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Rahul Patel

Rahul Patel

Rahul Gandhi believes that history is an important aspect of life. He also believes that history can be tedious and cumbersome as it's often found in large hardcover bound volumes. But being fascinated by the art of writing and storytelling, Rahul believes that historical fiction is the perfect medium to convey historical concepts while fostering the sense of joy received while getting lost in a novel.

Having spoken at a Young Historian's Conference in 2014 about the effect of the witch hunts of the middle ages in Europe on the feminist movement, and being placed first in the first round and fourth in the second round, as well as having studied history at school level, Rahul was well placed to write three pieces on various aspects of history. These works have received mixed reviews.

Despite having a recent focus on historical non-fiction, Rahul has constantly kept the goal of writing a piece of historical fiction. After a lot of research and brainstorming ideas, this goal has materialized into Another Brick in the Wall.

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Another Brick in the Wall

Walls Have Ears and They're Listening

For some it may just be another brick in the wall, but for that brick it is everything and that everything is a story worth knowing.

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Literary Fiction
Johannesburg, South Africa
120,000 words
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Synopsis


“I am stuck, trapped. Claustrophobia overtakes my being. Yet, I am a alone, isolated, not a friend in sight. Neat, cuboid, square. A brick. A brick with a great view that no one else can claim. Great, yes, but terrible.

You choose not to see it because you want to ignore what you have become: a race dominated by love, greed, pain, religion, money, lies, deceit. But I am not you. I am just another brick in the wall. Indifferent, Inconsequential, innately so. And so I watch your daily routines which may seem normal to you but here I am to tell you about the great story of what I see, of life, your life, other people’s lives and the world“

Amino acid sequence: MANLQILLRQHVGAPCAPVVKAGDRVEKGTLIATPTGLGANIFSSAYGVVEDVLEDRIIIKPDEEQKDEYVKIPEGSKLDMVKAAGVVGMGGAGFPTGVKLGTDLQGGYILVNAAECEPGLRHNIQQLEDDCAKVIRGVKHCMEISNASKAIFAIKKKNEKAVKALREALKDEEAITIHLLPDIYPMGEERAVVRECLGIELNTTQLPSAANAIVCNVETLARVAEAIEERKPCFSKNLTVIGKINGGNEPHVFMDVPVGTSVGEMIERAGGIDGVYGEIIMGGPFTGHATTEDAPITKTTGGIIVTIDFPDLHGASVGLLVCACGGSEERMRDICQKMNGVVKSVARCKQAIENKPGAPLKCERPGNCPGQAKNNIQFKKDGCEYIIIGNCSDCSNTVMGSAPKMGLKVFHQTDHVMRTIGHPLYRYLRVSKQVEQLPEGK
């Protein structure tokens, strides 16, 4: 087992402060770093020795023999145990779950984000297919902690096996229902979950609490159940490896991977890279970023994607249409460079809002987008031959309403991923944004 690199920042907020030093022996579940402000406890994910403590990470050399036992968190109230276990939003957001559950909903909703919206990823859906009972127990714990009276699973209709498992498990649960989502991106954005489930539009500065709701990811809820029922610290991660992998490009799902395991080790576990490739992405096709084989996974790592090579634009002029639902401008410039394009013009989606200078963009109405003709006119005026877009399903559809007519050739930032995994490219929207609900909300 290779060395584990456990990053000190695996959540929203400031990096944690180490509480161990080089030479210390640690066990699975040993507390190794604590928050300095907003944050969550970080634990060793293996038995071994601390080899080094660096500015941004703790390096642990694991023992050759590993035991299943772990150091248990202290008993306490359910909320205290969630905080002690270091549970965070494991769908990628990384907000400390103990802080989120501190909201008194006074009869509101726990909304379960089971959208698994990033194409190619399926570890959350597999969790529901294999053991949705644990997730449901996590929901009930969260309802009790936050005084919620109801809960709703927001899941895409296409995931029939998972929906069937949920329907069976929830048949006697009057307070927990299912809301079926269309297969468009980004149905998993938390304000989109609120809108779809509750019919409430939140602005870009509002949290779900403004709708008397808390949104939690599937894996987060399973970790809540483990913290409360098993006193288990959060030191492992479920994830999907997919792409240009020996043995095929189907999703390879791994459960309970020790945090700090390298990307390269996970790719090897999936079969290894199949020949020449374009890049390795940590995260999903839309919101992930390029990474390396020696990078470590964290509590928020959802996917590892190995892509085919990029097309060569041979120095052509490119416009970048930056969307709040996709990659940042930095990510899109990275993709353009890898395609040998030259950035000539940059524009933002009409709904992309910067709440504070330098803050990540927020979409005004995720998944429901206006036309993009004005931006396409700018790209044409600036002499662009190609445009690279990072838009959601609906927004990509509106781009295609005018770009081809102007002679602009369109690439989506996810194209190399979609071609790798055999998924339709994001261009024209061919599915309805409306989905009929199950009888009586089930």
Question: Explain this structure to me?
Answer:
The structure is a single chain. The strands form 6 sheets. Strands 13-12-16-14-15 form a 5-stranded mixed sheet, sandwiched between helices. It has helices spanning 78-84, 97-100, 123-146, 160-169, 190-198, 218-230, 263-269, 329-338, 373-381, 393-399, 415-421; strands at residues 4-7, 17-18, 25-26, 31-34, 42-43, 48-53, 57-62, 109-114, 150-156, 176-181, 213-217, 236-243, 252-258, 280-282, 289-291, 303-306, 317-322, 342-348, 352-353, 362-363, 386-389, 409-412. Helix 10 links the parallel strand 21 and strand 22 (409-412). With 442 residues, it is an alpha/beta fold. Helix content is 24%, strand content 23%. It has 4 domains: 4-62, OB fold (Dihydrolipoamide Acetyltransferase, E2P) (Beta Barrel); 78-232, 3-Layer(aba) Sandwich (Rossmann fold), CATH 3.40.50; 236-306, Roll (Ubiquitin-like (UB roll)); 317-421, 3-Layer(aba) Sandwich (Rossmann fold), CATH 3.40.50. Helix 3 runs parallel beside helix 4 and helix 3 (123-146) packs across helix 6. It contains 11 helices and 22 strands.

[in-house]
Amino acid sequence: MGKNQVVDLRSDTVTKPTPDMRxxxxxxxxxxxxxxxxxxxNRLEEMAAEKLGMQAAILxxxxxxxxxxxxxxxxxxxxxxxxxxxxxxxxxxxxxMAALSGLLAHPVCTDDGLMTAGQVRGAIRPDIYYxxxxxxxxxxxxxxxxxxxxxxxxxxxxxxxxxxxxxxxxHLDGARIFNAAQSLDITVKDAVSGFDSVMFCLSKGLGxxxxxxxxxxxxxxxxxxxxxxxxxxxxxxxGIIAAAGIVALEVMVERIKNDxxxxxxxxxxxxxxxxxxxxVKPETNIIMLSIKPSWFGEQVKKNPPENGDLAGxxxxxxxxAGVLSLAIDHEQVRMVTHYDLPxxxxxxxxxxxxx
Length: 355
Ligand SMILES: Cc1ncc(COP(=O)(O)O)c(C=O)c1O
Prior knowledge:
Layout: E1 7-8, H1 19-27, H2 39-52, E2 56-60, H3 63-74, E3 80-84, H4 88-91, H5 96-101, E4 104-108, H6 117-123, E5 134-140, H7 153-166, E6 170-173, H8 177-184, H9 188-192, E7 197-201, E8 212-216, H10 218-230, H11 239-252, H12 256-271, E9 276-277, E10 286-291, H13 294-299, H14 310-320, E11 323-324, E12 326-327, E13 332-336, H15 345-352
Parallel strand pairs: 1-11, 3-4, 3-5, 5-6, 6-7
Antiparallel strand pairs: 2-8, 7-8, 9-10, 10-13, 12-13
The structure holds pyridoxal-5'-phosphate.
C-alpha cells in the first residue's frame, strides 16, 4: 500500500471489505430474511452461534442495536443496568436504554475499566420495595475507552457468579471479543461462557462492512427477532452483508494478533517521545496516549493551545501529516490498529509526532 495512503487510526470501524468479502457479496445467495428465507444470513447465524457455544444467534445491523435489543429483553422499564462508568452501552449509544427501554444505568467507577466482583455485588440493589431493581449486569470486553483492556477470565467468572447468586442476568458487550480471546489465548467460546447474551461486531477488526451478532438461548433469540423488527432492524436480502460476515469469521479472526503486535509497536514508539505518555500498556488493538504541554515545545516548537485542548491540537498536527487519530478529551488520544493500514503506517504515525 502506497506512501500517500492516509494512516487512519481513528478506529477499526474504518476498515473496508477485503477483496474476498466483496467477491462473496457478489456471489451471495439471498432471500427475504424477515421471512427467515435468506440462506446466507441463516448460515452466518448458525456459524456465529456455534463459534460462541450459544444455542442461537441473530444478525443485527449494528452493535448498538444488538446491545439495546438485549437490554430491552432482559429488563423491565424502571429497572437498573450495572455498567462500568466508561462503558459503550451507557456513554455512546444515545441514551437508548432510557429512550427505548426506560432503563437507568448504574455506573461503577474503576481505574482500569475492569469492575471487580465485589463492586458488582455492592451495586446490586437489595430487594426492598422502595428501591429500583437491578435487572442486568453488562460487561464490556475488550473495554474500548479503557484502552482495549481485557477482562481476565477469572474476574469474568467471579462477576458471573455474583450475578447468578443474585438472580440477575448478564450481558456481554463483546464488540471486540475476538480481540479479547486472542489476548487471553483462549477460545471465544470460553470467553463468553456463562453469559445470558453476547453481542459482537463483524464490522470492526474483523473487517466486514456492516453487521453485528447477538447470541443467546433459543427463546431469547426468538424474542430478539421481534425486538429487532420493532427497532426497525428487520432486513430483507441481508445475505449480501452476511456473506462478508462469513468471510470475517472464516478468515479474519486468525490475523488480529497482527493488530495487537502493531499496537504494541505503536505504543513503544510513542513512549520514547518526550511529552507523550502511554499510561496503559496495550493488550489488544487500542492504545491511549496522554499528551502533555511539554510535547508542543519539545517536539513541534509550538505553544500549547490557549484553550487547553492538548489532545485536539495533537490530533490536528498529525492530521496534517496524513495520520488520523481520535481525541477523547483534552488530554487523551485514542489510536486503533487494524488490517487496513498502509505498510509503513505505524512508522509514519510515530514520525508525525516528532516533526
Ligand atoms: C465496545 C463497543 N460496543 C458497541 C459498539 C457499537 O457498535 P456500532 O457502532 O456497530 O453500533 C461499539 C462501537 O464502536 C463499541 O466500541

This book is an epic life story, a fictional life story but the first of its kind. Not to be missed, it analyses crucial elements of life which have come to define us, even though we might not notice it, and even if we may not like this reality. The narrator is an outsider, the perfect narrator: judgmental of us, yet objective of our emotions. Don’t miss this, enjoy it, carry on living but remember that walls may just have ears and some of those ears may just be listening.

Audience


Filled with unexpected plot twists, unnerving events, mysterious happenings and grandiose tales that may very well sound like fiction, this book is for a reader who thinks, wonders, marvels and contemplates life and its meaning. It will specifically appeal to readers belong to the historical fiction niche with a specific focus on British history, Christian history, the two World Wars as well as contemporary history.

Author


Rahul Gandhi believes that history is an important aspect of life. He also believes that history can be tedious and cumbersome as it’s often found in large hardcover bound volumes. But being fascinated by the art of writing and storytelling, Rahul believes that historical fiction is the perfect medium to convey historical concepts while fostering the sense of joy received while getting lost in a novel.

Having spoken at a Young Historian’s Conference in 2014 about the effect of the witch hunts of the middle ages in Europe on the feminist movement, and being placed first in the first round and fourth in the second round, as well as having studied history at school level, Rahul was well placed to write three pieces on various aspects of history. These works have received mixed reviews.